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84 pages 2 hours read

Jon Krakauer

Into Thin Air: A Personal Account of the Mount Everest Disaster

Nonfiction | Book | Adult | Published in 1997

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Summary and Study Guide

Overview

Into Thin Air is American is authored by professional mountain climber Jon Krakauer. It is a personal account of attempting to ascend Mount Everest, prompted by an assignment from Outside magazine to cover the commercial development of the communities at the mountain’s base. Krakauer’s climbing attempt, which was fatal for several, became the deadliest expedition ever on the mountain. In the book, he reflects on his experience, reporting it as truthfully as possible.

Krakauer recalls being inducted into the climbing group Adventure Consultants. Led by Rob Hall, the group’s goal was to accelerate the process of learning the ins and outs of Mount Everest before ascending to the summit, and providing climbing guides and administrative assistance. Krakauer discusses how the Everest climb was split up into a sequence of five camps, which included an initial Base Camp followed by Camp One through Camp Four. Krakauer’s group spent weeks training at Base Camp, after which they repeatedly ventured up the mountain to the other camps. Once spring began to wind down in early May, his party resolved to attempt the summit.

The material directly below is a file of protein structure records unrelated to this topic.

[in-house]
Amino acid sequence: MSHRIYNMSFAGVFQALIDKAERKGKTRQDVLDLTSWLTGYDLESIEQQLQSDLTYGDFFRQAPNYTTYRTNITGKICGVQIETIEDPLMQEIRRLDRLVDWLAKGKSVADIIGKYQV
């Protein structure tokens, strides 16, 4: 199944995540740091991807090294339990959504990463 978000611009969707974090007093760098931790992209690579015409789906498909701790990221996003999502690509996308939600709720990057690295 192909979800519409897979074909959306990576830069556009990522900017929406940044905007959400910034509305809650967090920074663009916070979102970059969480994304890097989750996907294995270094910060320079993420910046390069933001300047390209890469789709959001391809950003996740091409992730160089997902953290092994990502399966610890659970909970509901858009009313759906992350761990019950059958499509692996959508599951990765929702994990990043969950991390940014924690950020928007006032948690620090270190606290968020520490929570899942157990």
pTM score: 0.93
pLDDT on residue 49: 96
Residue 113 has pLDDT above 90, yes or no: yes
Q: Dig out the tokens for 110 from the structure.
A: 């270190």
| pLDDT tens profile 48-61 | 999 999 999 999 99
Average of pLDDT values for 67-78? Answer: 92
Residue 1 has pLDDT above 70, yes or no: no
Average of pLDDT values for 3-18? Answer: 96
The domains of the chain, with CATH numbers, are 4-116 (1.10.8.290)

Krakauer tries to assemble an accurate and chronological account of the deadly ascent. Every member of Adventure Consultants struggled to adjust to the high altitude, which led to fatigue and weight loss, impeding climbing speed. Krakauer recalls many of the members being too inexperienced to go far without the assistance of the guides. Many mistakes were made in ascending the mountain, but none proved severe until the final push to the summit. Rob Hall announced a time cut-off of 2:00 p.m. for the summit, after which anyone who hadn’t already reached it must turn back. When 2:00 rolled around, only a few, including Krakauer, had reached the summit; however, the time cut-off was not enforced, leading to arrivals as late as 4:00 p.m. Rob Hall arrived at that time with Doug Hansen and a separate group which included Scott Fischer.

Not long after the full party had ascended, it began storming on the mountain. Krakauer, who made it down to Camp Four only partially deterred by the storm, had no idea how the rest of his group was faring. Meanwhile, Hansen and Hall became stranded and died, despite the rescue efforts of fellow guide, Andy Harris, who died as well. A separate party got lost in the storm and was rescued, with two individuals missing and presumed dead. Fischer was left on the mountain, unable to continue, and later died.

Fortunately, one of the two presumed dead, Beck Weathers, made it back to Camp Four. Having suffered severe frostbite in multiple locations, he later had several surgeries and amputations. Krakauer was permanently scarred by his experience, which began as a plan to simply report activity on Everest’s base. In total, twelve people died on the mountain that season.

Krakauer published his article. He says he wrote Into Thin Air because the article couldn’t present the entirety of his experience. He claims that his interviews with survivors added perspectives and information that he never could have surmised alone, given the intensity and danger of the blizzard. Krakauer admits he suffers from survivor’s guilt and still deals with the trauma of being brought so close to death.

Krakauer recognizes that his story might incense some readers who feel that it dishonors the climb’s victims. Though he apologizes should that be the case, he says he is committed to relaying the ordeal accurately. In addition to a journalistic endeavor, Into Thin Air is a survivor’s attempt to find catharsis through a literary rendering of trauma.

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